Ketamine for OCD
Ketamine and OCD - Psychedelic Psychiatry That’s Helping Control Compulsive Behavior
Many people are aware of obsessive-compulsive disorder, better known as OCD, but they don’t realize just how deeply it can affect a person on a daily basis. And unlike some other disorders, the person is often painfully aware that their thoughts and actions aren’t normal, which adds to the distress.
Fortunately, science is helping researchers discover new therapies for OCD that show promise in treating this notoriously difficult mental illness.
How OCD Develops
It’s perfectly normal to have intrusive thoughts at times, but when those thoughts begin to become all-consuming and recurring it’s a problem. Obsessive-compulsive disorder is when a person has uncontrollable intrusive thoughts known as obsessions. These obsessions can lead to compulsions that disrupt daily activities. A compulsion is an activity that a person feels compelled to do repetitively as a result of an obsession. The compulsions are a way for the person to ease their anxiety that’s generated by intrusive and distressing thoughts.
Why the distressing, intrusive thoughts occur is still not completely known. People of all ages can experience OCD symptoms that may come and go on their own. However, researchers have identified several risk factors for OCD:
- Having a first-degree relative with obsessive-compulsive disorder.
- Structural abnormalities in the frontal cortex and subcortical areas of the brain.
- Childhood trauma and streptococcal infections.
Other mental health conditions are another risk factor. It’s not uncommon to see OCD develop if a person experiences PTSD or has another mental health illness such as eating disorders. It’s also common for people with OCD to have a physical, uncontrollable tic like rapid blinking.
How OCD Affects Day-to-Day Life
People with obsessive-compulsive disorder can have a very difficult time day-to-day because their condition is so intrusive and constant. However, the actual OCD behaviors aren’t the only factor. Ultimately, even if the compulsions ease anxiety, they’ll end up causing psychological distress in another way. Many people with OCD will feel shame, guilt, embarrassment and feelings of worthlessness because of their compulsions.
How OCD affects a person can sometimes depend on the type of intrusive thoughts they have. The primary types of intrusive thoughts are:
- Harmful thoughts that revolve around hurting others or yourself.
- Safety concerns about yourself or loved ones.
- Contamination thoughts about infection and germs.
- Sexual thoughts about inappropriate sex acts.
- Hoarding thoughts that are based on fear of losing things.
- Symmetry thoughts of needing everything to line up and be in order.
When these thoughts are stuck on repeat they lead to compulsions that disrupt daily life. Getting simple tasks done can become a long, complicated endeavor, and the person doesn’t get pleasure from the compulsive behavior. They may feel self-conscious, which affects how they interact with others. The effects are as diverse as the compulsions, but they all have a way of negatively impacting quality of life.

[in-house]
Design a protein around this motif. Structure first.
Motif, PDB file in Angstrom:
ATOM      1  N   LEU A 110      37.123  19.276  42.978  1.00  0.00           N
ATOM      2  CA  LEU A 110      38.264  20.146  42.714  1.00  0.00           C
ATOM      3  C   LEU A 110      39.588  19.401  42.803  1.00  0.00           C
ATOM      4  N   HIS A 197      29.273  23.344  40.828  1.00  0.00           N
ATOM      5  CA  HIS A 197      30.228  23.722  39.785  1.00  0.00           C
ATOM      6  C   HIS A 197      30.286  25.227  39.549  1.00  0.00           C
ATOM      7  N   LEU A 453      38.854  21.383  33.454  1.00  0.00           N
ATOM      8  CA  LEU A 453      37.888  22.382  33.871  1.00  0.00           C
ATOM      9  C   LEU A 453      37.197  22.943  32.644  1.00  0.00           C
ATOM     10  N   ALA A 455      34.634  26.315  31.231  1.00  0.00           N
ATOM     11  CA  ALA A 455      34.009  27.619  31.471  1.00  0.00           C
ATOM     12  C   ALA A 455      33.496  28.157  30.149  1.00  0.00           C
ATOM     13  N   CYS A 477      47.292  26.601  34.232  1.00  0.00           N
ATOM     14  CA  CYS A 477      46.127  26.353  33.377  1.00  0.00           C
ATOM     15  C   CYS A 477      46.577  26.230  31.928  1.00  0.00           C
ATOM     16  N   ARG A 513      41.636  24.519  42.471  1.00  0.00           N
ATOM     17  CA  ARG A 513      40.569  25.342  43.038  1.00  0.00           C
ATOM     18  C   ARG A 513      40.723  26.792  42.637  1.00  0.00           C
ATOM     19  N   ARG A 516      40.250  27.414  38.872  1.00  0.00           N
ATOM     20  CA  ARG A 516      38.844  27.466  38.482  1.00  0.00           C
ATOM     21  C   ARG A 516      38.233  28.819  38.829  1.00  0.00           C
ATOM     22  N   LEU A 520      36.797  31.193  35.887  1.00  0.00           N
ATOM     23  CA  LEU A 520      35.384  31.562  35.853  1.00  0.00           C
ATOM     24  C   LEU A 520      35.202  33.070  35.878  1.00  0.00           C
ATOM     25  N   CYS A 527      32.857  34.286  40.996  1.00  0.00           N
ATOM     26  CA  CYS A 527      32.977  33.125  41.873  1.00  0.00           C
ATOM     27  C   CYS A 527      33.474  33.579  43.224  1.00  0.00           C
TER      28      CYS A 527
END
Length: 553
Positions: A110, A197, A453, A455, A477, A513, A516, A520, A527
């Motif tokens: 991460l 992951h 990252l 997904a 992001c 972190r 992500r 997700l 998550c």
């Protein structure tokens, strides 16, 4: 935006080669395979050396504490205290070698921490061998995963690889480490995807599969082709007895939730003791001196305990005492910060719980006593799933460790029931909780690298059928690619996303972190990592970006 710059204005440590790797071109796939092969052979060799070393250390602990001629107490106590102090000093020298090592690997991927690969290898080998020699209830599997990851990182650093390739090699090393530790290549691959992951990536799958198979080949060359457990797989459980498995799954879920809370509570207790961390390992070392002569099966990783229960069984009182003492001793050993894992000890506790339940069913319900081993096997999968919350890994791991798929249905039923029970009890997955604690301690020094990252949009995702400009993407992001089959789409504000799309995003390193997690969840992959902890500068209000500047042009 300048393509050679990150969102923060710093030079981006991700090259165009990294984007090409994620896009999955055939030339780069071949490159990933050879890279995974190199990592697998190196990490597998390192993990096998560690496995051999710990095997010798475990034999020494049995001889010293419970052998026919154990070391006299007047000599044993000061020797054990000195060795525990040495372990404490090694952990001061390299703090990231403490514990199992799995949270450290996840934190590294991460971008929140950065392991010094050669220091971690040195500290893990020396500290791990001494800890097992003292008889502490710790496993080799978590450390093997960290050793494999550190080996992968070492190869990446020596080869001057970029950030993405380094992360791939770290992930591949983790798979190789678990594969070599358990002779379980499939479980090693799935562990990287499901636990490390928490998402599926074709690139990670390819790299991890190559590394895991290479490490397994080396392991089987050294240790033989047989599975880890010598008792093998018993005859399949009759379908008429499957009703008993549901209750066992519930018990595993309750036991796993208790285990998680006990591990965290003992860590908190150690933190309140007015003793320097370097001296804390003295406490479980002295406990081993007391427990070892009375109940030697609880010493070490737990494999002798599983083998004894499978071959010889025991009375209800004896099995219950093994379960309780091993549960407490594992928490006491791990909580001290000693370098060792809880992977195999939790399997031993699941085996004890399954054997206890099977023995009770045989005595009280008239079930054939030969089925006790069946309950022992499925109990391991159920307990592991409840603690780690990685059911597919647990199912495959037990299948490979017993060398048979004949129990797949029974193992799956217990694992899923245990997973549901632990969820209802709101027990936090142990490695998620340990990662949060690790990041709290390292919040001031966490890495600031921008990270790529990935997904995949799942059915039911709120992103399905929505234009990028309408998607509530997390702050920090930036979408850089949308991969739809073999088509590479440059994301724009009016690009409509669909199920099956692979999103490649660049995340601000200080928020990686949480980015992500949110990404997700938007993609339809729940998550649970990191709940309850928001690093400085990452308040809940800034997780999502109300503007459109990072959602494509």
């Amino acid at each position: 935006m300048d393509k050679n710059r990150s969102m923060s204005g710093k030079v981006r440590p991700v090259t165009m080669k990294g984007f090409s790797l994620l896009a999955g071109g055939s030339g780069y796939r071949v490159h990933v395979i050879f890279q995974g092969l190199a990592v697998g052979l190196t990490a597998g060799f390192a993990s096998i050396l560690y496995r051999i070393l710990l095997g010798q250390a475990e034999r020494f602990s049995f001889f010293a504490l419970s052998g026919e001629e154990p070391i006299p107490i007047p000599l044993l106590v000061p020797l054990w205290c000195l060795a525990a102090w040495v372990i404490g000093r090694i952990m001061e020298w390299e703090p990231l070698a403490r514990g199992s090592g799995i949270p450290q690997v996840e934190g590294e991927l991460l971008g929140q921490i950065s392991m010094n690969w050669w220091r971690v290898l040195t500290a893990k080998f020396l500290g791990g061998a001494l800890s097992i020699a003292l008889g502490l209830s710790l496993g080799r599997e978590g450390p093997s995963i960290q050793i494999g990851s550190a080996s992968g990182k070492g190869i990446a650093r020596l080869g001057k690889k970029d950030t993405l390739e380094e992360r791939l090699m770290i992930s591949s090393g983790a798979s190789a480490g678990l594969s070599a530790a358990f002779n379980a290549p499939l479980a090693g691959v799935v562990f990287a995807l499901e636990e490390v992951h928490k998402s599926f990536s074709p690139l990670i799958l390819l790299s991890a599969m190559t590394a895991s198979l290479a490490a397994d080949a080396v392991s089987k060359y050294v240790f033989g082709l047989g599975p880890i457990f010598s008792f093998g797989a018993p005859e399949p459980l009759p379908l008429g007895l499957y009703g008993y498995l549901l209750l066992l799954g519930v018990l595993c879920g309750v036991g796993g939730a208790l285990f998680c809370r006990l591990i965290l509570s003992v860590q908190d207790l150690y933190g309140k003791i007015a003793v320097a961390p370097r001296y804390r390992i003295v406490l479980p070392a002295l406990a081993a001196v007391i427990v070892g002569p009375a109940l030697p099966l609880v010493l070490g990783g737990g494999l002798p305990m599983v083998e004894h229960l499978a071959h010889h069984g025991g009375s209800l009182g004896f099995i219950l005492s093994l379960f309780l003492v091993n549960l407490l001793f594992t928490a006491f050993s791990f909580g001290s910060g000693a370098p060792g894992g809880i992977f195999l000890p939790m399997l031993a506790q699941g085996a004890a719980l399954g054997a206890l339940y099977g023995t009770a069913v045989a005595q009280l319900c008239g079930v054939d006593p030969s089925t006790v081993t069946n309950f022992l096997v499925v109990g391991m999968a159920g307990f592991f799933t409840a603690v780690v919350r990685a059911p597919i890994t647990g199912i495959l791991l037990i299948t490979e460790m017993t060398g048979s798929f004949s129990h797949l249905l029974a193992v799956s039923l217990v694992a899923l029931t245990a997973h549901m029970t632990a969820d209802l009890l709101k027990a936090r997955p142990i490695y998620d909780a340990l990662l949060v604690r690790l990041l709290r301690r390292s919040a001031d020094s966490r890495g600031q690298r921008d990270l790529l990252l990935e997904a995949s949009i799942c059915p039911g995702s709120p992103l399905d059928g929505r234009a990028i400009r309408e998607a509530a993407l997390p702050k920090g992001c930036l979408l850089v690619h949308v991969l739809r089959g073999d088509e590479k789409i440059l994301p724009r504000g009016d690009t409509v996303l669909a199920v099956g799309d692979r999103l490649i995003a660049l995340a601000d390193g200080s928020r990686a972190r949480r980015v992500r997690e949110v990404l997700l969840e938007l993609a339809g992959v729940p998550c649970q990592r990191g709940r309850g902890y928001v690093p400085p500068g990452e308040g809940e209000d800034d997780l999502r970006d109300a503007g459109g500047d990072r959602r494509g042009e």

How Ketamine Treatment for OCD Works
IV, nasal and oral ketamine treatments are being hailed as the biggest advancement in psychiatry in decades. However, ketamine therapy for OCD and other mental illnesses is not a new concept.
Ketamine was first analyzed by doctors for mental health purposes back in the 1960s. It wasn’t until 2006 that researchers discovered ketamine was highly effective for treatment-resistant depression.There’s now evidence that ketamine helps with OCD, a condition that has been hard to treat in the past. That’s great news for people who suffer from the disorder, especially after the once-promising rapastinel OCD medication failed to meet clinical trial objectives.
The goal with any OCD treatment is to get intrusive thoughts under control. In the past, antidepressants and anxiety medications were used to regulate certain neurotransmitters in an effort to reduce intrusive thoughts. Unfortunately, only about a third of patients find relief with traditional OCD treatment methods.
Ketamine for OCD is being prescribed off-label for the two thirds of people who can’t find relief with other medications. The ketamine therapy works differently in that it actually helps the brain reconstruct neural pathways that were built by recurrent intrusive thoughts. It also helps to calm neural hyperactivity, another problem associated with OCD.
This recreation of the neural pathways and reduction of neural activity can start after just one ketamine treatment. Even with severe cases of OCD ketamine treatments are typically only needed once a week.
Want to Know If Using Ketamine for OCD is an Option?
Our experts understand the connection between OCD and ketamine. We provide convenient at-home ketamine therapy for OCD that can help reduce intrusive thoughts and keep compulsions under control. Find out if ketamine treatment for OCD is an option by taking an online assessment. It’s the first step to begin using ketamine and getting relief from OCD symptoms.